Yeah, I do. It is lonely because you’re always travelling, you start to feel like –I said it to somebody today, actually. I said you just have to try and find people that you can work with and make it feel like home because you can’t take home with you. You can’t take all the people you wish you could take with you all the time and it becomes separation and you miss calls or you don’t call back because you’re tired and before you know it, it’s been weeks. I just realized on the plane on the way back to LA last night that holy shit, my dad emailed me two months ago asking to please call and I totally forgot. Right now, it’s hard and you forget and you find yourself isolated when you don’t make an effort like you should. When the bad stuff happens, you’re like, “Hold up. Where the fuck are all my people at?”
But you try and bring some of your friends, entourage and label mates with you. Doesn’t that help?
Yeah. That’s why I said to my friend that you have to find people that make it feel like home and feel like a family because that’s the only way you won’t feel so isolated. That’s why I’m with people like T.I. He’s like family. That’s why I picked him because he’s like family and when you’re isolated, you have to pick your family. I know have a second family of music people –like a little circus family. Since I met T.I and started working with him on Grand Hustle, I feel way less alone. I don’t feel alone all the time, but there are some days where if you have a bad day, it can hit you hard. Every since I had T.I, even when I do have the bad days, I feel like I always have them around. They keep me company. They’re like, “Don’t worry. Let’s go eat fucking Ruth’s Chris.” You just forget about it and I feel really secure with T.I.P and Grand Hustle.
Do you guys really eat at Ruth’s Chris all the time?
A lot of the time, yeah!
T.I calls you the “Iggamonster,” right? Is that your new nickname?
[laughs] Kind of, yeah. People give me nicknames. He calls me Iggamonster. People in the studio call me Iggster or Iggs. I don’t know why people give me nicknames, but they do.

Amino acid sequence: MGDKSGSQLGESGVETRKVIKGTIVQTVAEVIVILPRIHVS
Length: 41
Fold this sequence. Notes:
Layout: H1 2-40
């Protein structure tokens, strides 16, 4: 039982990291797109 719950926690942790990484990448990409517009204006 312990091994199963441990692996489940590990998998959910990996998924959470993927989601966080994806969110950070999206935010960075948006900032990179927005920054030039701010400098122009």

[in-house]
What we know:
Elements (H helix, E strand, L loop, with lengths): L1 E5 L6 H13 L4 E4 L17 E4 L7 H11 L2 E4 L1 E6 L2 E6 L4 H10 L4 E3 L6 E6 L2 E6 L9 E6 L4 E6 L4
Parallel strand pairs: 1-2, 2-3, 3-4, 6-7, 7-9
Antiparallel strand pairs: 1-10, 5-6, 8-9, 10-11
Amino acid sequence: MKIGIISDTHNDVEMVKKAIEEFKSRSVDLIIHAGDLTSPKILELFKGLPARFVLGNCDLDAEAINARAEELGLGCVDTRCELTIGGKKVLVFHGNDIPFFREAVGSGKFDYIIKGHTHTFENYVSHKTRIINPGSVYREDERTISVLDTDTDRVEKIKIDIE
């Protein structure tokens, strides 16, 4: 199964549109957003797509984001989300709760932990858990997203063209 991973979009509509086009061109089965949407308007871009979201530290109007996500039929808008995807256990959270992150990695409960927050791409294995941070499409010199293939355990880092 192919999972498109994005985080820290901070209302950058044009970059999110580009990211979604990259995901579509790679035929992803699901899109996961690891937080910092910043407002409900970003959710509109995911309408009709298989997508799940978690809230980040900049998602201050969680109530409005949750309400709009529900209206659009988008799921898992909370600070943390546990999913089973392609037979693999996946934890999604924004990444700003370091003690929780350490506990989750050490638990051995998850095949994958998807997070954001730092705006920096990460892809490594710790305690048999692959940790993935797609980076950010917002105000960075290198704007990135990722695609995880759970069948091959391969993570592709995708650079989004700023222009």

So why choose T.I as the executive producer of your next album?
Originally, I picked him as that because I felt that was the biggest role I would be allowed to give him or the biggest that Interscope would allow him to have. Also, I didn’t want to commit to something with him for more than one album because we haven’t worked together yet, but obviously that changed. Now I’m a part of Grand Hustle forever, I hope. We started working together and hanging out. I feel confident about this thing now and hopefully it’s more than one album. He’s a legend. He’s had so many albums and is one of my favourite rappers. I would watch him on TV and every year when it’s Christmas, he would have this YouTube video where he’s like [imitates T.I’s voice], “Merry Christmas!” He has such an Atlanta accent and every year, my sister calls me on Christmas and she’s like [again in a T.I-impersonated voice], “Merry Christmas!” Now that I’m working with him, I said he has to give me a Christmas card with a recorder and he has to say Merry Christmas in it. [laughs] He’s a living legend, so when he reached out to meet me, he wasn’t sure how he could be a part of it or give me advice, but respected what I was doing. I asked him what he thought about executive producing. I love everyone there. I wish I could be with them every single day.
What’s the meaning behind the album title, The New Classic?
To me, I think great music stamps time. When I think of all my favourite songs, I think about where I heard them or a memory to go along with the song. My friend was in the car with me the other day and when a Rihanna song came on, she’s like, “I can’t listen to that song because the last time I heard it, I was in the car and I was going to kill my boyfriend because I thought he was cheating. If I listen to it, I’m going to be mad at him right now!” That was like two years ago and it’s a testament saying great music stamps time. It can bring you back to the exact place of where you heard it and make you feel like you’re in the moment again. Sort of like a little time capsule. To me, I think when music stamps time, that’s when the music is classic. When you can have a moment in life attached to the song, you can’t help it. I want to make an album with songs that are classic and can stamp time for people.
With the new album, is there a storyline or theme to it?
Not so much. It’s just me kind of talking shit, [laughs] talking about myself. You know, it’s girl stuff. Some of it is shit talking. Some of it is about relationships. I have a song I did the other day that I kind of like and it was talking about how home is wherever you want it to be and I think a lot of people say I can’t act the way I act because I’m from Australia and I should be “Australian.” Sometimes you don’t fit and there’s more personal stuff in the album. There’s also shit-talking. My single is a lot of shit talking. I think music should be a balance of serious stuff and fun stuff. Life should be that. I think my mixtape should be pretty fun and sentimental. I don’t want to go into this crazy, serious album. I think people think of the word “classic” and thinks it has to sound like Jay-Z or Nas. That’s classic, too, but there’s other things that can be classic and stamp time. I also remember the fun stuff, too. Music doesn’t have to be so serious and I have a lot of up-tempo records in there. I’ve been working on the up-tempo records first because those are my favourite things to do.